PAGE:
Dennis Hopper: So Wild, So Long

I wanted to hear Tenn's impressions of various people, so many of our conversations consisted of names being mentioned, after which he would create what he called a "rapid-style portrait" of the subject.

Here are his thoughts on Dennis Hopper.

He was marvelously acquisitive: He wanted to collect and study and admire and watch--in a voyeuristic way--things and people. He was very much a Midwest man--laconic,  tough--but he could then display a remarkable sentimentalism, which would include, as it did with me, a lengthy and fascinating tour of the Hollywood hills, with all of its stories and its legends and its scandals, followed by a lovely dinner and a blissful night in a bed surrounded by art and exotic scents. I hasten to add that I spent the night in bed alone, but not before Dennis talked to me until I fell asleep. He wanted, I think, both my comfort, and for every last detail to be shared.

He was a product of childhood art classes, which expanded his imagination and his ambition before he had any suitable outlets for the talent that emerged. I think this is why he was so wild for so long: There was simply no place for his work to be as good as it was meant to be. He lived in the world of James Dean and Nick Adams--tragic, sexually jumbled young men--and he paid homage to the oddest mentors Hollywood had at one time: Samson De Brier and Kenneth Anger, two vaguely Satanic, shamanistic homosexuals who took meager talents and voracious and acquisitive addictions to a height that was almost artistic. From De Brier, at least, Dennis learned how movies were made and why. He learned about legends. I think he would like to be a legend. He's working on it.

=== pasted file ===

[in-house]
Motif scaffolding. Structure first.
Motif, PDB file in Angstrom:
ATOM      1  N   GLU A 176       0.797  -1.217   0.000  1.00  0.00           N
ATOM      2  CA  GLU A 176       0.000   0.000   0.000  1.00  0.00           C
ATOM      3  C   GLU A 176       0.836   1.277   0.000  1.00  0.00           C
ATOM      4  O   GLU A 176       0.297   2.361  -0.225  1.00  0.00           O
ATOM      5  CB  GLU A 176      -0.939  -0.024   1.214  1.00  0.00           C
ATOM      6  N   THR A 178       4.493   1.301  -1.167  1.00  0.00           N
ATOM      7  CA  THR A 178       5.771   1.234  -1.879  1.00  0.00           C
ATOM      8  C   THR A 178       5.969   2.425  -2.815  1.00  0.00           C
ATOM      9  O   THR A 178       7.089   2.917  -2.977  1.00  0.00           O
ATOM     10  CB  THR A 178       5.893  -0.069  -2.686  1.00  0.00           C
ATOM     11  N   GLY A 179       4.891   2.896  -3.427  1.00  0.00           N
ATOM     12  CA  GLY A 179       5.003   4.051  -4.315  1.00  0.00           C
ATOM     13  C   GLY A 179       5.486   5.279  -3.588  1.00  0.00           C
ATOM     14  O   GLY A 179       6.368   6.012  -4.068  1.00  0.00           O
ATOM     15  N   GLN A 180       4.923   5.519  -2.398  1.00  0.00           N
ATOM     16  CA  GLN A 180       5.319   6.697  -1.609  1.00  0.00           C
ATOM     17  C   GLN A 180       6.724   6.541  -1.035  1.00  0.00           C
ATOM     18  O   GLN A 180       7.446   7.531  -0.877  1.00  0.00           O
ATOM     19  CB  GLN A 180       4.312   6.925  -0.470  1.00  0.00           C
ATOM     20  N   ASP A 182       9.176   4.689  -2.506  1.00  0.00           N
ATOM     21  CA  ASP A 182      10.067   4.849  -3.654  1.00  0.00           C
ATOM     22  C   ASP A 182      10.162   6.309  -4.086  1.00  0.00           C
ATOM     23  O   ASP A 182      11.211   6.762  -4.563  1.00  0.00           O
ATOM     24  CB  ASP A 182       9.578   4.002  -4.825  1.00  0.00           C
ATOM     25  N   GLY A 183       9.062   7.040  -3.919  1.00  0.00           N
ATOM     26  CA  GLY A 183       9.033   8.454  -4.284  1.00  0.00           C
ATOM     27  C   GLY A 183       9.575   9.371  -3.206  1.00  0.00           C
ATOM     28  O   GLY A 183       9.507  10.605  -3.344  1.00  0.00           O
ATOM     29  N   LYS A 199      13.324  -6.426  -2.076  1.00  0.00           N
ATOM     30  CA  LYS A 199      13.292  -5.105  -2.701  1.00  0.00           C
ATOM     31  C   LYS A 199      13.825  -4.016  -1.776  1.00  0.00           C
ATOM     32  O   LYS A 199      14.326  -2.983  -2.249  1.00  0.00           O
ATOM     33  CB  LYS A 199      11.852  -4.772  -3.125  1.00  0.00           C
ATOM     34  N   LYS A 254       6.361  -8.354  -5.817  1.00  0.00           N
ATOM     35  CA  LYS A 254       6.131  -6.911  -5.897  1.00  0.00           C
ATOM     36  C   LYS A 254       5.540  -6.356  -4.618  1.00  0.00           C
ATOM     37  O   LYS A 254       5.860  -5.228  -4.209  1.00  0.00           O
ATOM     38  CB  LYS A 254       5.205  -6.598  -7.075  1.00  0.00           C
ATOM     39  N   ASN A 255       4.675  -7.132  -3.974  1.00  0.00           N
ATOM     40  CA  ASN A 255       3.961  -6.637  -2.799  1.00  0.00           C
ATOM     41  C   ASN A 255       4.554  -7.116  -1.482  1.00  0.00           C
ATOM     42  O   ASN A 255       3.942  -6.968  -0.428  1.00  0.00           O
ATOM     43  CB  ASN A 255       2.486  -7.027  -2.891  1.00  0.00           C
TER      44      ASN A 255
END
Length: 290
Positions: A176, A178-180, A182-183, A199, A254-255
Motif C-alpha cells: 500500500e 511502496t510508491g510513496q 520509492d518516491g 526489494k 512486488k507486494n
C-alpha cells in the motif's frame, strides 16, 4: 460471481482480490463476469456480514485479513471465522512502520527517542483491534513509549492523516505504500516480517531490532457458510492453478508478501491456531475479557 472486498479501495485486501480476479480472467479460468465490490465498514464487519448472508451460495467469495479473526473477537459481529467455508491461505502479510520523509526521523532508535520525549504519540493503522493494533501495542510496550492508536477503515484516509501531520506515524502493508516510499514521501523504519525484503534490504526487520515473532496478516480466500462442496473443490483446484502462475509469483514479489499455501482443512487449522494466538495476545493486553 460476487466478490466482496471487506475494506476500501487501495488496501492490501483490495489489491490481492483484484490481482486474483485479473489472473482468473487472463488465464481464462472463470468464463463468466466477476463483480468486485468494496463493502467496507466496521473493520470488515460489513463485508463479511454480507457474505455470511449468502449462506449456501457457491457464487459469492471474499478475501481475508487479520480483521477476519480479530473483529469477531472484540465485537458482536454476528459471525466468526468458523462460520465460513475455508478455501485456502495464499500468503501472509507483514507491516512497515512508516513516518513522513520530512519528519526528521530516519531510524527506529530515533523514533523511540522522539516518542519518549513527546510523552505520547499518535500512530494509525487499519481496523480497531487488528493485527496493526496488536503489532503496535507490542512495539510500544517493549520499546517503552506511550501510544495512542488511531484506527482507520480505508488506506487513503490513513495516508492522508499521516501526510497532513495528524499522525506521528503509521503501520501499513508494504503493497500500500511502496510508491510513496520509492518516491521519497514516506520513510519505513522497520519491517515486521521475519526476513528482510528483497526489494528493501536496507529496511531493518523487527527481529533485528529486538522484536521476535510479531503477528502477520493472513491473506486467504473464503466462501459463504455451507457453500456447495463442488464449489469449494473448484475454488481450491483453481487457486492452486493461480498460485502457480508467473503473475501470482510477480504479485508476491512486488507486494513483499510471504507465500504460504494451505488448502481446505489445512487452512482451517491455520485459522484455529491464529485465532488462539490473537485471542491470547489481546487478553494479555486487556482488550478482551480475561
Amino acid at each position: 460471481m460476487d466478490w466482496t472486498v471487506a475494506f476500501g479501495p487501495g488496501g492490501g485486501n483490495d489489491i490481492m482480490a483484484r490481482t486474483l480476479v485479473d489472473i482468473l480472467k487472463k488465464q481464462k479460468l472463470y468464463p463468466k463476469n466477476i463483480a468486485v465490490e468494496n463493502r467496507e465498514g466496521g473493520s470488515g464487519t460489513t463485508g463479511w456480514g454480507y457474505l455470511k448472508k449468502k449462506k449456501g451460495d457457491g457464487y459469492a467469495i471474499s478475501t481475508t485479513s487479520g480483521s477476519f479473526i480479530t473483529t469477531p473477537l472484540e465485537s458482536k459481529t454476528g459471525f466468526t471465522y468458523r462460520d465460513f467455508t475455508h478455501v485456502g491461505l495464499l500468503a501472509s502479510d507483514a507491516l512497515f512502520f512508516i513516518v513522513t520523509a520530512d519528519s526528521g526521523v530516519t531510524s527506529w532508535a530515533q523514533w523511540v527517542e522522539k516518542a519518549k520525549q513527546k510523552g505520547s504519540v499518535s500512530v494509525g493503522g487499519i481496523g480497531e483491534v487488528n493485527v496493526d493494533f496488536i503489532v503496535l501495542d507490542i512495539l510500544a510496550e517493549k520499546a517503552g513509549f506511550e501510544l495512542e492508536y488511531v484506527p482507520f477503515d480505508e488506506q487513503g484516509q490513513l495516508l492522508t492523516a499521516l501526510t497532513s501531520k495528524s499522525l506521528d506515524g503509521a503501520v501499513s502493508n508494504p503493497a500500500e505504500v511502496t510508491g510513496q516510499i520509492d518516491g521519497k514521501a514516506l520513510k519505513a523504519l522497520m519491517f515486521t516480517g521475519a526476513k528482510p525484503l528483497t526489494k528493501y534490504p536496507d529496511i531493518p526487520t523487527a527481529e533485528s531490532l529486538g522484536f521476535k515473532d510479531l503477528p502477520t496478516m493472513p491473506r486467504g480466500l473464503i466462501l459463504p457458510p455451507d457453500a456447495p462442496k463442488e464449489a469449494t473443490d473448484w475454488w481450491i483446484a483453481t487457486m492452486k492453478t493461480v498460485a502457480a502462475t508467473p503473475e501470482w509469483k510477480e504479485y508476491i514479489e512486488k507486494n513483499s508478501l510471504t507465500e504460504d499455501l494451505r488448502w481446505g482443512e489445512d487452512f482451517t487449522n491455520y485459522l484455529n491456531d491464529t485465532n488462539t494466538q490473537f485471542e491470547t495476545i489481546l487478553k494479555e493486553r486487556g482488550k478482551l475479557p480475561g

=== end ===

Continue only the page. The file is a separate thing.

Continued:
Dennis, like me, turned to painting. One needs to create, to expand, to share. He also took to photography, and he captured, in a way, a lot of what it was like to be in his presence. Moody and smart and cynical until he breaks into a fulsome sweetness. He needs danger and, God love him, he seems to find it. I hear he's back: He's working with good directors again.

I'm terribly fond of him. I would like to see him do well.

Andy Warhol

Ike and Tina Turner

Jane Fonda and Roger Vadim

Tuesday Weld

Paul Newman

David McCallum and Tuesday Weld

Jasper Johns

Sandy Dennis and George Segal, on the Warner Bros. backlot.

Hollywood Double Standard


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